Two new mandates are changing the way concussions are treated in high school sports
By Lola Duffort
High school senior Michael Espinel, a defensive player for Belen Jesuit Preparatory’s football team, has suffered three concussions in two seasons.
In November 2009, Belen was practicing for the state championship semi-finals. Michael received a blow to the head during a drill, momentarily numbing half of his body.
“I felt like I was in a dark room, with a light shining in my face. My head hurt so badly,” said Espinel, then a sophomore.
He returned to the practice field anyway, and five minutes later he collapsed, unconscious.
Two pivotal new measures being rolled out in South Florida are intended to prevent scenarios like that.
The Florida High School Athletics Association (FHSAA), which governs high school sports throughout the state, is implementing new guidelines to keep athletes suspected of sustaining a concussion from returning to the field without a doctor’s OK.
In addition, high school students who play on interscholastic teams in Miami-Dade and Broward counties will take a baseline cognitive test in the pre-season to determine the extent of a concussion and monitor their recovery should they suffer a head injury.
Both changes are aimed at keeping injured players off the field until fully recovered, helping to prevent the cumulative effects of multiple concussions.
“Injuries on the brain, especially the ones that go untreated at a young age, have a much greater impact on society than we’ve been previously willing to admit,” said Dr. Kester Nedd, director of Neurological Rehabilitation at the University of Miami’s Sports Medicine Center.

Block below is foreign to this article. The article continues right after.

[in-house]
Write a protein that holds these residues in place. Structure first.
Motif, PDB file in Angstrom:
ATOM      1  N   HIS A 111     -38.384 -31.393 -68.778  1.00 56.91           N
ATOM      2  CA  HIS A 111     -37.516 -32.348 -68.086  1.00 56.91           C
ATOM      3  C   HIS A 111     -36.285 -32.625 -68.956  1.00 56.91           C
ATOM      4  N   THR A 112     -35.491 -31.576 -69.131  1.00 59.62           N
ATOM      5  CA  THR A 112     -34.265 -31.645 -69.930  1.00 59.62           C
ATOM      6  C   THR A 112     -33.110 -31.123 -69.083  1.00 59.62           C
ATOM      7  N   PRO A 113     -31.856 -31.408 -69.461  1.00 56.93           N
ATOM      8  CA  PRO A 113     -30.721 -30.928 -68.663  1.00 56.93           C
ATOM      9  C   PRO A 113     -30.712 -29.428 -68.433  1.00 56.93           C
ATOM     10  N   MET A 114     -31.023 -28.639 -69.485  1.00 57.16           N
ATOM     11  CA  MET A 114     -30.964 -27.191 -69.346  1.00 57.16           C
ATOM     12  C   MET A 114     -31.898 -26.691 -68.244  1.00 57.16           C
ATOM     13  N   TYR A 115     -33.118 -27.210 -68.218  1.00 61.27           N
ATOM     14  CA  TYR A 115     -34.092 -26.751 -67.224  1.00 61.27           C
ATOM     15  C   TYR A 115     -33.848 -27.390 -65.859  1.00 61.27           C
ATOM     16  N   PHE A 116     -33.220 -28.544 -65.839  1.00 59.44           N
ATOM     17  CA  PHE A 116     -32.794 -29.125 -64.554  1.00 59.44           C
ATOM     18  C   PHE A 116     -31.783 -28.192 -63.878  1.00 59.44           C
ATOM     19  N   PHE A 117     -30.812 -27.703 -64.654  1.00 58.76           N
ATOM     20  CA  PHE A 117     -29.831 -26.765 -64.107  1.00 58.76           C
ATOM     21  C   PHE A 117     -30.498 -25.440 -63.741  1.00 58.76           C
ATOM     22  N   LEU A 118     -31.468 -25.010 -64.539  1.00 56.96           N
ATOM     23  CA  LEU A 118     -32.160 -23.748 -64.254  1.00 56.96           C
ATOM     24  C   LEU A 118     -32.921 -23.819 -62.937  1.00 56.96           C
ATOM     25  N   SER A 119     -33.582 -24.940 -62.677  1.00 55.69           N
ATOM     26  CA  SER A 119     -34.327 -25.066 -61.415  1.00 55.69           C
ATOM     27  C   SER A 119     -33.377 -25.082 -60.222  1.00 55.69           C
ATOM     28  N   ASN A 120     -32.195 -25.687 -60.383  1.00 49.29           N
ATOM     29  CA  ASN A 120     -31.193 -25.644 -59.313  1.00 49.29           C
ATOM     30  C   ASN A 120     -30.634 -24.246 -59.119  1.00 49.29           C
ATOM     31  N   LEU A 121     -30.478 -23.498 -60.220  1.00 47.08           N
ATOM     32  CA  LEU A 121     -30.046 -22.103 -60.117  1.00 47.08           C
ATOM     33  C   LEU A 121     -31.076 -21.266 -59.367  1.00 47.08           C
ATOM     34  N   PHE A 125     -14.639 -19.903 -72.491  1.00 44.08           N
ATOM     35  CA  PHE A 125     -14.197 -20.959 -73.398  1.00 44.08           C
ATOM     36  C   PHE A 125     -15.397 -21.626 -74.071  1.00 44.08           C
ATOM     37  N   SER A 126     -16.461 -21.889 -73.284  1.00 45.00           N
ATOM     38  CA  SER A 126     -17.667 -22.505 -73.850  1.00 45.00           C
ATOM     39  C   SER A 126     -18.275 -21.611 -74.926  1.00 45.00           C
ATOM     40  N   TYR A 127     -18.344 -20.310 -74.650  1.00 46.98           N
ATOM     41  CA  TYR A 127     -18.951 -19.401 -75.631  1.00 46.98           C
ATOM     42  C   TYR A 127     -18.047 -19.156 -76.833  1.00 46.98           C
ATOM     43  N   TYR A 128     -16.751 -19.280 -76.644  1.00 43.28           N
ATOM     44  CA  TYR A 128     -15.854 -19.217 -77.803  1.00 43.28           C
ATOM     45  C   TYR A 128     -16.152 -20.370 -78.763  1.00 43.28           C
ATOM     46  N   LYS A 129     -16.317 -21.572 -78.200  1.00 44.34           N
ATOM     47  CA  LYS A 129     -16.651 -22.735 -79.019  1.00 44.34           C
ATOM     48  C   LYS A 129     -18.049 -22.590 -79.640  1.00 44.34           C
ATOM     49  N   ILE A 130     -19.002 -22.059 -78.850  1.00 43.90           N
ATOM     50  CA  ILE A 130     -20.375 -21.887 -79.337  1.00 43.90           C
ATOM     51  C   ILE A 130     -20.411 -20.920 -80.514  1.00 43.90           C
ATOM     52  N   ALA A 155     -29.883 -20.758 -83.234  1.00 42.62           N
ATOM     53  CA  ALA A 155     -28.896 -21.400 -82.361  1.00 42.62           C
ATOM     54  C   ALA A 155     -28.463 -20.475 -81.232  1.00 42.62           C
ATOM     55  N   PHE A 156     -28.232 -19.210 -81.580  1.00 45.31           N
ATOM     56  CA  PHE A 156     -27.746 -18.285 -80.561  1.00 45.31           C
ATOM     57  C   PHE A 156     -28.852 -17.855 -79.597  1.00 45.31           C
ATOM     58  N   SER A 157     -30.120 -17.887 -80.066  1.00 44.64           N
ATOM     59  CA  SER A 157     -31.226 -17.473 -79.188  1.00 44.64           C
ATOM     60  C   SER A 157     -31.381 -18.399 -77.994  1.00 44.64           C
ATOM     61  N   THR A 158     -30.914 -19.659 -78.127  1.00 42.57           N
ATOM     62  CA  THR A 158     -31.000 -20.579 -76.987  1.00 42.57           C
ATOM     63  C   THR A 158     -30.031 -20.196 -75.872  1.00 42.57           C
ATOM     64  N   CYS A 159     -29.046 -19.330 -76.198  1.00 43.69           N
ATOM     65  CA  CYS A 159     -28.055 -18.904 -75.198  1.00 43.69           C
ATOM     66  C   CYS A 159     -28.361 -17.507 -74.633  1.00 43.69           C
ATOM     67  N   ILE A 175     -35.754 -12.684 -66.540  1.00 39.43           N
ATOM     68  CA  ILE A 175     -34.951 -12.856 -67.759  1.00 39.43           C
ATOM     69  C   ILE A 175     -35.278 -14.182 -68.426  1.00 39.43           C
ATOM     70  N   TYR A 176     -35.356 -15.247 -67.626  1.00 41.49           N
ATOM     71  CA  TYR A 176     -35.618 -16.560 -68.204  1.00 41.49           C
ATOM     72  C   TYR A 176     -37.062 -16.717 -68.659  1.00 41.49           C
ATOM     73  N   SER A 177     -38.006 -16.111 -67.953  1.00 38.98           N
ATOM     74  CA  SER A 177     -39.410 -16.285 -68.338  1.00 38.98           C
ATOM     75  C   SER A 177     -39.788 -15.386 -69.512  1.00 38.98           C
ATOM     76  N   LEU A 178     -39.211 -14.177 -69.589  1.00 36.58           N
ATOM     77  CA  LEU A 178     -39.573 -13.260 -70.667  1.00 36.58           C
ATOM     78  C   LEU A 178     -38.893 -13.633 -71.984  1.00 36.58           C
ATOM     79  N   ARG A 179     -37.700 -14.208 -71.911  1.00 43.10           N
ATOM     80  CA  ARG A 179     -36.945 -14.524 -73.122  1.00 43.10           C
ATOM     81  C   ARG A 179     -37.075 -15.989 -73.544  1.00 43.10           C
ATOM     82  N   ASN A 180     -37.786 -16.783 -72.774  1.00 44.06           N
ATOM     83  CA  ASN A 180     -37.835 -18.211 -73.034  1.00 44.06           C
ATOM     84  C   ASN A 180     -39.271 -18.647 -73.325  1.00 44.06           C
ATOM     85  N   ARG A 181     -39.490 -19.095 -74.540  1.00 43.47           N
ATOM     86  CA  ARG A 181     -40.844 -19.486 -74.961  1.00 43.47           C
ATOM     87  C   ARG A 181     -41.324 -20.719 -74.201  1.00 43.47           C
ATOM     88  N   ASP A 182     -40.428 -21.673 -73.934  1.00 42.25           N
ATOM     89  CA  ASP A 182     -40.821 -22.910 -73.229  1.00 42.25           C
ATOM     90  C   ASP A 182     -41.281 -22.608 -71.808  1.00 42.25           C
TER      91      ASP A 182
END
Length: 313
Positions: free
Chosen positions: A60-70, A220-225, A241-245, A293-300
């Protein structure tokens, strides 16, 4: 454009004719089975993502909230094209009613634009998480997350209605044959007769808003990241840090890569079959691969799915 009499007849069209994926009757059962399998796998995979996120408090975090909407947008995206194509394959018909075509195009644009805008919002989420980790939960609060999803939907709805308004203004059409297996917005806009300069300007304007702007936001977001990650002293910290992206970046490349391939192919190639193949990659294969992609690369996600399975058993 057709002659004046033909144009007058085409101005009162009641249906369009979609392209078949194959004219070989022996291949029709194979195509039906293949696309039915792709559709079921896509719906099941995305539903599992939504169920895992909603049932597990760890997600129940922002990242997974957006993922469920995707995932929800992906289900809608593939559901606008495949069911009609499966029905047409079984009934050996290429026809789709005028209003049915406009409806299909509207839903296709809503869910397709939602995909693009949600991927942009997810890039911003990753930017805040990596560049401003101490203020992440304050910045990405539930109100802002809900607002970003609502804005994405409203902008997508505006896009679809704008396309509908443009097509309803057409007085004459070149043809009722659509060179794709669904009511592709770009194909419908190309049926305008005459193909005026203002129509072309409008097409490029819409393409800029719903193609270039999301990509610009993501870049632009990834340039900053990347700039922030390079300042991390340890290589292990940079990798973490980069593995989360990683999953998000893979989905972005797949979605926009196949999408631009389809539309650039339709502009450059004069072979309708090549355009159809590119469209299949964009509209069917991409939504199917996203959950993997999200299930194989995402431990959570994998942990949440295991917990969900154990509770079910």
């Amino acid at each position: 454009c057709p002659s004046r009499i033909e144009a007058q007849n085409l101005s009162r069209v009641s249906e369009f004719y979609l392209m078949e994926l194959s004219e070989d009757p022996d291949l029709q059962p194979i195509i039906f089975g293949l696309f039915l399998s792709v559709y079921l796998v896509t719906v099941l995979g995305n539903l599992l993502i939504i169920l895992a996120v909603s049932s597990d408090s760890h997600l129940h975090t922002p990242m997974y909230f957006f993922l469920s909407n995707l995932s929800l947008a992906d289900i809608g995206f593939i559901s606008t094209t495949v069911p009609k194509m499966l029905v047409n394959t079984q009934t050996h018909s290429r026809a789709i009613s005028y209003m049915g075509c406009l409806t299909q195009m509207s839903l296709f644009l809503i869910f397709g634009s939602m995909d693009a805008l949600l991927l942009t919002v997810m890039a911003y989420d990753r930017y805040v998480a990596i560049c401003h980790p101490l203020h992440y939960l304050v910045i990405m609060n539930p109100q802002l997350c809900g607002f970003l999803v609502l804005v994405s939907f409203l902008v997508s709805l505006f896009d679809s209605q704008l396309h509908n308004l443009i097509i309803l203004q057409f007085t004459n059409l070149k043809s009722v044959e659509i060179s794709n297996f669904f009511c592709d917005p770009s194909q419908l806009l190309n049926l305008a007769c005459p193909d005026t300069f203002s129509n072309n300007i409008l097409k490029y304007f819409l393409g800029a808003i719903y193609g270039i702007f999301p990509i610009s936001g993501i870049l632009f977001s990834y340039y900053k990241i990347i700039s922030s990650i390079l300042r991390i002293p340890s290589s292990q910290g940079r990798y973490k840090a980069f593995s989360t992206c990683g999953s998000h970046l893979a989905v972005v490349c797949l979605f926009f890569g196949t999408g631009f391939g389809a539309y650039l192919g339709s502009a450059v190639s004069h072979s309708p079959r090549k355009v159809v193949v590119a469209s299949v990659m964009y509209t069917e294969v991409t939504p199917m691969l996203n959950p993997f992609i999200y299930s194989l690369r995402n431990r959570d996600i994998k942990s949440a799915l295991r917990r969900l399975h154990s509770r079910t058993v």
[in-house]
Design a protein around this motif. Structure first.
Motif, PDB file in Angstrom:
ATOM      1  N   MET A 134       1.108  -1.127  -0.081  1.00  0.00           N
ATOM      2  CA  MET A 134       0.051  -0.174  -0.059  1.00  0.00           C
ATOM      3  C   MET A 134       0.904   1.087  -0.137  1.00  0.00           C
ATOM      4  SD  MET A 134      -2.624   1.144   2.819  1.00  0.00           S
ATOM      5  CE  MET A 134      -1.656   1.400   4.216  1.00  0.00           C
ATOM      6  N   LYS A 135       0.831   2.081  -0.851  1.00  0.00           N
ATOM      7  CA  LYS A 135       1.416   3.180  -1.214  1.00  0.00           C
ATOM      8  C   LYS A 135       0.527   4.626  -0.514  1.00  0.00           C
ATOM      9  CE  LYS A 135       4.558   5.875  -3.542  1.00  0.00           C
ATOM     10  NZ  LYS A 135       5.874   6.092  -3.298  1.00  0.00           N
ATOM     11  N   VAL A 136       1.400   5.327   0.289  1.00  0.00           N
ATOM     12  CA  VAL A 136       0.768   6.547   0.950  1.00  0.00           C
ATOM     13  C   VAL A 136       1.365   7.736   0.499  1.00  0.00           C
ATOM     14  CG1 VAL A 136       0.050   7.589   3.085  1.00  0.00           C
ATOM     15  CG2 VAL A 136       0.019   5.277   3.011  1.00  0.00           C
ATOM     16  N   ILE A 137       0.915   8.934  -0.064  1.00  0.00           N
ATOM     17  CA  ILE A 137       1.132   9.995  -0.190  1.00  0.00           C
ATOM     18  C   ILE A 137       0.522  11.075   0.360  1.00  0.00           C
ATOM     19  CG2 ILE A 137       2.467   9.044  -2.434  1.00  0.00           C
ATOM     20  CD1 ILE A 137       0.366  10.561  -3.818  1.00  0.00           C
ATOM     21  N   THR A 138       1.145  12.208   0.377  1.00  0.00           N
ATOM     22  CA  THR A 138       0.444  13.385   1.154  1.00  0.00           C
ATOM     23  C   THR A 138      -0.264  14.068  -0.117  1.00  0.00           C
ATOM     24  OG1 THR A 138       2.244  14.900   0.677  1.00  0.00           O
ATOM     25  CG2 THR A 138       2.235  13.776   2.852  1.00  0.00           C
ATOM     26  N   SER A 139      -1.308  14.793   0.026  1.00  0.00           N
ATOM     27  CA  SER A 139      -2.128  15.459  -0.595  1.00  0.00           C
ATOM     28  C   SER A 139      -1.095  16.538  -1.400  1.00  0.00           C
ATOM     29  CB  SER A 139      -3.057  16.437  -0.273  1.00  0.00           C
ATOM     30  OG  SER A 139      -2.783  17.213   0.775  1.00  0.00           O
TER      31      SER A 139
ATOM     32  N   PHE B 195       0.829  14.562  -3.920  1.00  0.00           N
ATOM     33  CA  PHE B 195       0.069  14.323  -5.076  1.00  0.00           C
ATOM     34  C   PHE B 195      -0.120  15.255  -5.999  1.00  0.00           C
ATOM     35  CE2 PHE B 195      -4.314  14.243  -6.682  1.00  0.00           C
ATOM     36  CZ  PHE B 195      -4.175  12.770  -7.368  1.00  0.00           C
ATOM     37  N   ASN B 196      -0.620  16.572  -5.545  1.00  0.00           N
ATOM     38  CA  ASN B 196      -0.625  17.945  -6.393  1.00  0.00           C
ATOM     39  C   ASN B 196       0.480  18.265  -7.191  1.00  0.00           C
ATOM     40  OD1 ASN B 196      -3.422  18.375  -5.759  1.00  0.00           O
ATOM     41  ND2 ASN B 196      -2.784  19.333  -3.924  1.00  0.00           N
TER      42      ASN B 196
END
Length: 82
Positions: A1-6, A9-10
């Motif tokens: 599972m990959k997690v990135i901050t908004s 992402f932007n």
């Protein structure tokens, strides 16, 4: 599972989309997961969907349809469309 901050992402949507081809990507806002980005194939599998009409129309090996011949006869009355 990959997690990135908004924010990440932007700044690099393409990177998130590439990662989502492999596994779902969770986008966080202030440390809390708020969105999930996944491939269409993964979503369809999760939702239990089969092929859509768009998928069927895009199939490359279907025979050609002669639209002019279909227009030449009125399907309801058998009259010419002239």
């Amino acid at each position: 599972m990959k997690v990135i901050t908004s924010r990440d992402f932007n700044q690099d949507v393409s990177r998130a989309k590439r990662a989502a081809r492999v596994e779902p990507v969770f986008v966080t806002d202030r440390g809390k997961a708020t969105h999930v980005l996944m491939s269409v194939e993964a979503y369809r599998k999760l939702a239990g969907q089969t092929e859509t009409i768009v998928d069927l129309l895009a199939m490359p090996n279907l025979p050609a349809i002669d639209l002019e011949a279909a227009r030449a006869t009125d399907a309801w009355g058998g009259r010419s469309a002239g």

“Beyond headaches and dizziness, any traumatic brain injury can potentially affect personality and interpersonal relationships.”
One such long-term consequence is Chronic Traumatic Encephalopathy (CTE), a degenerative brain disease, according to Dr. Ann McKee, head neuropathologist of a brain bank at the Bedford Veterans Administration Medical Center in Massachusetts.
“Multiple injuries on top of previously untreated injuries – that’s where the danger builds up,” McKee said.
Assessing a concussion’s severity and determining proper treatment can be difficult. When a kid takes a bump to the head, finer cognitive functions such as memory are usually the first to go and the last to come back, Nedd said.
The test being phased in for Miami-Dade high school athletes — called Immediate Post-Concussion Assessment and Cognitive Testing (ImPACT) — takes 30 minutes and is administered online. Test takers perform a series of tasks that measure cognitive functions such as memory recall, attention span, non-verbal problem solving and reaction time.
Once an athlete is suspected of suffering a concussion, an ImPACT retest is administered, and scores are compared. Along with a neurological exam, the results can aid a doctor in determining whether an athlete is fit to return to the playing field.
Nedd and his colleague Dr. Gillian Hotz, who run The Miami Project to Cure Paralysis Concussion Clinic at the University of Miami, have been pushing for years to have high school athletes tested.
The cost to individual schools — estimated at $600 annually — had stood in the way, but David Goldstein, an incoming junior at Ransom Everglades School in Coconut Grove, helped change that.
Goldstein, a soccer player, suffered his third concussion in four years in January 2010 in a head-to-head collision during district finals. He stayed in the game – and spent the next three months with incapacitating headaches and a loss of balance.
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